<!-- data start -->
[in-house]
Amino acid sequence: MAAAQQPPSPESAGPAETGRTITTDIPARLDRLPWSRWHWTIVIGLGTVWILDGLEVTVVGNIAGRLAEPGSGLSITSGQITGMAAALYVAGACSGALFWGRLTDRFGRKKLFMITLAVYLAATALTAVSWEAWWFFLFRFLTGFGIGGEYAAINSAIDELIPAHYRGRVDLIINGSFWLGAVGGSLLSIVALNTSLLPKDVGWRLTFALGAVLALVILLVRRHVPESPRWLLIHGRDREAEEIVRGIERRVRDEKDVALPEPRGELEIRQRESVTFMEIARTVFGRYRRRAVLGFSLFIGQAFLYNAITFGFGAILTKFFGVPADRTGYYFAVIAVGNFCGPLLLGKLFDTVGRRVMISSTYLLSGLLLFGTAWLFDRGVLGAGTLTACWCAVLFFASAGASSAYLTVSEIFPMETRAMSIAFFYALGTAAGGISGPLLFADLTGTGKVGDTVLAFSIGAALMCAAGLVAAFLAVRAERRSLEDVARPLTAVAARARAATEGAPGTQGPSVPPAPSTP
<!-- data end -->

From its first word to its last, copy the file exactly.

[in-house]
Amino acid sequence: MAAAQQPPSPESAGPAETGRTITTDIPARLDRLPWSRWHWTIVIGLGTVWILDGLEVTVVGNIAGRLAEPGSGLSITSGQITGMAAALYVAGACSGALFWGRLTDRFGRKKLFMITLAVYLAATALTAVSWEAWWFFLFRFLTGFGIGGEYAAINSAIDELIPAHYRGRVDLIINGSFWLGAVGGSLLSIVALNTSLLPKDVGWRLTFALGAVLALVILLVRRHVPESPRWLLIHGRDREAEEIVRGIERRVRDEKDVALPEPRGELEIRQRESVTFMEIARTVFGRYRRRAVLGFSLFIGQAFLYNAITFGFGAILTKFFGVPADRTGYYFAVIAVGNFCGPLLLGKLFDTVGRRVMISSTYLLSGLLLFGTAWLFDRGVLGAGTLTACWCAVLFFASAGASSAYLTVSEIFPMETRAMSIAFFYALGTAAGGISGPLLFADLTGTGKVGDTVLAFSIGAALMCAAGLVAAFLAVRAERRSLEDVARPLTAVAARARAATEGAPGTQGPSVPPAPSTP